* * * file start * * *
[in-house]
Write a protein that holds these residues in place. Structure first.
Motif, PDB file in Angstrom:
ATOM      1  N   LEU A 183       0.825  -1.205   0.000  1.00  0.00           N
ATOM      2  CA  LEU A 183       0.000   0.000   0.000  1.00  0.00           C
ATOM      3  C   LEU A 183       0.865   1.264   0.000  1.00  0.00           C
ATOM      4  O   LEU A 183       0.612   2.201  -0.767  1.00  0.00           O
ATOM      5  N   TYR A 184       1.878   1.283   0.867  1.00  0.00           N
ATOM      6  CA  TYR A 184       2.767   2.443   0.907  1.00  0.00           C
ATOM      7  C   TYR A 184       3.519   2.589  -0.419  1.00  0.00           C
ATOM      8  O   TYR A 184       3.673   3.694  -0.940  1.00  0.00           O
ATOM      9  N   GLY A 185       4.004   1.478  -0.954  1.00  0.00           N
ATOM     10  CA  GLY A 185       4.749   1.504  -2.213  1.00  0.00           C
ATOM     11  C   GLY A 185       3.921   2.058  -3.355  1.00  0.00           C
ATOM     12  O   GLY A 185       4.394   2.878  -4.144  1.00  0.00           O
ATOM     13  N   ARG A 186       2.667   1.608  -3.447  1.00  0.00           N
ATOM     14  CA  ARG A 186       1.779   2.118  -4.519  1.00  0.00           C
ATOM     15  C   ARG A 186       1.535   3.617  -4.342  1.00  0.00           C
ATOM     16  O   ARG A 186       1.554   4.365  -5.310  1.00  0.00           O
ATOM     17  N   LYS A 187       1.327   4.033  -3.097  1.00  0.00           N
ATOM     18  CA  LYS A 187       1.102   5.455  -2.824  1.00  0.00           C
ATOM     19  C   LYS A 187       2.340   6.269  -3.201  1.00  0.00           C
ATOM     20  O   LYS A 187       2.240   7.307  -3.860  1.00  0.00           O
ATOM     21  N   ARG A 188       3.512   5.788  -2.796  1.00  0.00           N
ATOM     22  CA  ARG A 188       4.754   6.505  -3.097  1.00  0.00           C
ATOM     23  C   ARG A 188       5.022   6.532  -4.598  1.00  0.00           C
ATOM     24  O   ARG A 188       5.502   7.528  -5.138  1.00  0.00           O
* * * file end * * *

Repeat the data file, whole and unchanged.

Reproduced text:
[in-house]
Write a protein that holds these residues in place. Structure first.
Motif, PDB file in Angstrom:
ATOM      1  N   LEU A 183       0.825  -1.205   0.000  1.00  0.00           N
ATOM      2  CA  LEU A 183       0.000   0.000   0.000  1.00  0.00           C
ATOM      3  C   LEU A 183       0.865   1.264   0.000  1.00  0.00           C
ATOM      4  O   LEU A 183       0.612   2.201  -0.767  1.00  0.00           O
ATOM      5  N   TYR A 184       1.878   1.283   0.867  1.00  0.00           N
ATOM      6  CA  TYR A 184       2.767   2.443   0.907  1.00  0.00           C
ATOM      7  C   TYR A 184       3.519   2.589  -0.419  1.00  0.00           C
ATOM      8  O   TYR A 184       3.673   3.694  -0.940  1.00  0.00           O
ATOM      9  N   GLY A 185       4.004   1.478  -0.954  1.00  0.00           N
ATOM     10  CA  GLY A 185       4.749   1.504  -2.213  1.00  0.00           C
ATOM     11  C   GLY A 185       3.921   2.058  -3.355  1.00  0.00           C
ATOM     12  O   GLY A 185       4.394   2.878  -4.144  1.00  0.00           O
ATOM     13  N   ARG A 186       2.667   1.608  -3.447  1.00  0.00           N
ATOM     14  CA  ARG A 186       1.779   2.118  -4.519  1.00  0.00           C
ATOM     15  C   ARG A 186       1.535   3.617  -4.342  1.00  0.00           C
ATOM     16  O   ARG A 186       1.554   4.365  -5.310  1.00  0.00           O
ATOM     17  N   LYS A 187       1.327   4.033  -3.097  1.00  0.00           N
ATOM     18  CA  LYS A 187       1.102   5.455  -2.824  1.00  0.00           C
ATOM     19  C   LYS A 187       2.340   6.269  -3.201  1.00  0.00           C
ATOM     20  O   LYS A 187       2.240   7.307  -3.860  1.00  0.00           O
ATOM     21  N   ARG A 188       3.512   5.788  -2.796  1.00  0.00           N
ATOM     22  CA  ARG A 188       4.754   6.505  -3.097  1.00  0.00           C
ATOM     23  C   ARG A 188       5.022   6.532  -4.598  1.00  0.00           C
ATOM     24  O   ARG A 188       5.502   7.528  -5.138  1.00  0.00           O